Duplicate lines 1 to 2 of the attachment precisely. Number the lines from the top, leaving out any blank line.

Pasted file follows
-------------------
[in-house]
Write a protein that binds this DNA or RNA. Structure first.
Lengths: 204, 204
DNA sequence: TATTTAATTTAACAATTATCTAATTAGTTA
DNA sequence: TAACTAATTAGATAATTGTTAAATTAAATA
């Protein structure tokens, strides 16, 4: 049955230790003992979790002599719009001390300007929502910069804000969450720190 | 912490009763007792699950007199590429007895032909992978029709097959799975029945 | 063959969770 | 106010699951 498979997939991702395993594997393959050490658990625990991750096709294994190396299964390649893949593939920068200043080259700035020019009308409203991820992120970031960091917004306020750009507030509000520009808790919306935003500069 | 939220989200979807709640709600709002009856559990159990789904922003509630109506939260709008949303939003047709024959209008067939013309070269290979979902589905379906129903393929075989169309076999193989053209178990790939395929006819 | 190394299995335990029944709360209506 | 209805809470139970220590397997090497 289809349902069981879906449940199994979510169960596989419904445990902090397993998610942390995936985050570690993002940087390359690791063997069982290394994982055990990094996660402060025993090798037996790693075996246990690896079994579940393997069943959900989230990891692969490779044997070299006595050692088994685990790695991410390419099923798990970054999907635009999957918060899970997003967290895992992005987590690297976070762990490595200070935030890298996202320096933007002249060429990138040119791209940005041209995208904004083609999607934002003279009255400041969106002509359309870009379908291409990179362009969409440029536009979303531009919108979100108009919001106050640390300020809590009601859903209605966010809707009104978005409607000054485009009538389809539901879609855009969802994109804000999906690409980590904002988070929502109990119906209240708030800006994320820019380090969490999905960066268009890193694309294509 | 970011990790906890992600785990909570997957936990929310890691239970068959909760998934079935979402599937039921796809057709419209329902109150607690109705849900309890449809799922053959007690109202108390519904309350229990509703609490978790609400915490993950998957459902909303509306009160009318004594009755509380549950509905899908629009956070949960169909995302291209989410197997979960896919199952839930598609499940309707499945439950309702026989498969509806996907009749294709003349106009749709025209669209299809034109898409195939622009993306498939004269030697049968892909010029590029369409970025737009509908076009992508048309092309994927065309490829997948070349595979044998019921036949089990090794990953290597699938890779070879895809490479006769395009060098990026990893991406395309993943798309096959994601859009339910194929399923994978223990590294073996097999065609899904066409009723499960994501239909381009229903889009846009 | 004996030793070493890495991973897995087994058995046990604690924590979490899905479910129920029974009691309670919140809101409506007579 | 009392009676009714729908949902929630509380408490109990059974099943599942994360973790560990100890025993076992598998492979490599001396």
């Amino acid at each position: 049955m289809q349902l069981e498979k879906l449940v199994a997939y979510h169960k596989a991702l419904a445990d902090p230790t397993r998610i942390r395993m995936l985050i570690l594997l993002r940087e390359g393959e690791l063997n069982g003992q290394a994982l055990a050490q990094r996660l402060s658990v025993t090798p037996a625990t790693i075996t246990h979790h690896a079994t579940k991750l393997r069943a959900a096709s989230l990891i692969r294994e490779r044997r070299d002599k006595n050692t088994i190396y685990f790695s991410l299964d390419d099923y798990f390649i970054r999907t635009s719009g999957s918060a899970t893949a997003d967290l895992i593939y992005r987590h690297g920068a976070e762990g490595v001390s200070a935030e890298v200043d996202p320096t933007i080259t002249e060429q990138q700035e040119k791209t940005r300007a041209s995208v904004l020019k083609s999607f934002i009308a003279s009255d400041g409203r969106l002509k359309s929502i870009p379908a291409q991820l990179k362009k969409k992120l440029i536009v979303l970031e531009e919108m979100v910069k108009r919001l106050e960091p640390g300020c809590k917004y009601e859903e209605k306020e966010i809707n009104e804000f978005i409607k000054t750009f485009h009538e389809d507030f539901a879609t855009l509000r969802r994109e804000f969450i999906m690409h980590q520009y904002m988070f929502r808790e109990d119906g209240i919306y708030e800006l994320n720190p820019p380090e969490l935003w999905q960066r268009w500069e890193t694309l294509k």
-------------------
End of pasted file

[in-house]
Write a protein that binds this DNA or RNA. Structure first.